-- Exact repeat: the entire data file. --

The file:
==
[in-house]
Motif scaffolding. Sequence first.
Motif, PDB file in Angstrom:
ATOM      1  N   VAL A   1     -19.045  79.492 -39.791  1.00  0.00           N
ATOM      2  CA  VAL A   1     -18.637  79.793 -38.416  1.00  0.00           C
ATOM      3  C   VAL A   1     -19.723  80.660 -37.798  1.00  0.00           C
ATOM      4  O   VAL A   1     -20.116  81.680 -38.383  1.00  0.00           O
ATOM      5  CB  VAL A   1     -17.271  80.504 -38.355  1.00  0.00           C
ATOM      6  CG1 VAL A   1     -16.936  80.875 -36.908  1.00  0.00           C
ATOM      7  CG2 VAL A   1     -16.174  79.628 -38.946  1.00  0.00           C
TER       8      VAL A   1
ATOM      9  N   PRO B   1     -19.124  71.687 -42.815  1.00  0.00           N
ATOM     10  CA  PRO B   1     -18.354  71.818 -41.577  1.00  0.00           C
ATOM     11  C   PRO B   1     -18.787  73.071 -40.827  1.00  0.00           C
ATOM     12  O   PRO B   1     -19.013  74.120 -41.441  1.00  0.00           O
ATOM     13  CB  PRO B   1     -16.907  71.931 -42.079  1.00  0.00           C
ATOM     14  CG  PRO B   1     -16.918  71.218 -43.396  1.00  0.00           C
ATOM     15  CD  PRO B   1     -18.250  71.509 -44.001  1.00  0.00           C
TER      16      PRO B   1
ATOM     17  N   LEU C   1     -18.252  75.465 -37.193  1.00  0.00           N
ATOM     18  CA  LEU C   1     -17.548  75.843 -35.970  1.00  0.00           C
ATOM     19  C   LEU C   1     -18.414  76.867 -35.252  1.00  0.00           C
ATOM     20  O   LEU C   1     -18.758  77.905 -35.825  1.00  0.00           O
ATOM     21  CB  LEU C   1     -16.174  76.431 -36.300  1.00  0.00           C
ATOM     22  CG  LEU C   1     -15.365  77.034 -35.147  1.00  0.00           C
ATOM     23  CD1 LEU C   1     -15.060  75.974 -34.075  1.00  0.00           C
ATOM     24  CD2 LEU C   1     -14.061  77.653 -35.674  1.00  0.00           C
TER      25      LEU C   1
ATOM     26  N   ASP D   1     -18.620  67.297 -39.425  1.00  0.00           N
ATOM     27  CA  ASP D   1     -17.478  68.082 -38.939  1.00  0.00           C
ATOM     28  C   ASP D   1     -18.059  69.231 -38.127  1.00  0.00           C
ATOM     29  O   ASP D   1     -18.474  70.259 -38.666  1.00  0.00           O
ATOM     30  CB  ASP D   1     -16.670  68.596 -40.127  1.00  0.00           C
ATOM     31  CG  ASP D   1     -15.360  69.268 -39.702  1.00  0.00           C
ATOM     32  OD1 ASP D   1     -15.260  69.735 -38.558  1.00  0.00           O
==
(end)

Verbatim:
[in-house]
Motif scaffolding. Sequence first.
Motif, PDB file in Angstrom:
ATOM      1  N   VAL A   1     -19.045  79.492 -39.791  1.00  0.00           N
ATOM      2  CA  VAL A   1     -18.637  79.793 -38.416  1.00  0.00           C
ATOM      3  C   VAL A   1     -19.723  80.660 -37.798  1.00  0.00           C
ATOM      4  O   VAL A   1     -20.116  81.680 -38.383  1.00  0.00           O
ATOM      5  CB  VAL A   1     -17.271  80.504 -38.355  1.00  0.00           C
ATOM      6  CG1 VAL A   1     -16.936  80.875 -36.908  1.00  0.00           C
ATOM      7  CG2 VAL A   1     -16.174  79.628 -38.946  1.00  0.00           C
TER       8      VAL A   1
ATOM      9  N   PRO B   1     -19.124  71.687 -42.815  1.00  0.00           N
ATOM     10  CA  PRO B   1     -18.354  71.818 -41.577  1.00  0.00           C
ATOM     11  C   PRO B   1     -18.787  73.071 -40.827  1.00  0.00           C
ATOM     12  O   PRO B   1     -19.013  74.120 -41.441  1.00  0.00           O
ATOM     13  CB  PRO B   1     -16.907  71.931 -42.079  1.00  0.00           C
ATOM     14  CG  PRO B   1     -16.918  71.218 -43.396  1.00  0.00           C
ATOM     15  CD  PRO B   1     -18.250  71.509 -44.001  1.00  0.00           C
TER      16      PRO B   1
ATOM     17  N   LEU C   1     -18.252  75.465 -37.193  1.00  0.00           N
ATOM     18  CA  LEU C   1     -17.548  75.843 -35.970  1.00  0.00           C
ATOM     19  C   LEU C   1     -18.414  76.867 -35.252  1.00  0.00           C
ATOM     20  O   LEU C   1     -18.758  77.905 -35.825  1.00  0.00           O
ATOM     21  CB  LEU C   1     -16.174  76.431 -36.300  1.00  0.00           C
ATOM     22  CG  LEU C   1     -15.365  77.034 -35.147  1.00  0.00           C
ATOM     23  CD1 LEU C   1     -15.060  75.974 -34.075  1.00  0.00           C
ATOM     24  CD2 LEU C   1     -14.061  77.653 -35.674  1.00  0.00           C
TER      25      LEU C   1
ATOM     26  N   ASP D   1     -18.620  67.297 -39.425  1.00  0.00           N
ATOM     27  CA  ASP D   1     -17.478  68.082 -38.939  1.00  0.00           C
ATOM     28  C   ASP D   1     -18.059  69.231 -38.127  1.00  0.00           C
ATOM     29  O   ASP D   1     -18.474  70.259 -38.666  1.00  0.00           O
ATOM     30  CB  ASP D   1     -16.670  68.596 -40.127  1.00  0.00           C
ATOM     31  CG  ASP D   1     -15.360  69.268 -39.702  1.00  0.00           C
ATOM     32  OD1 ASP D   1     -15.260  69.735 -38.558  1.00  0.00           O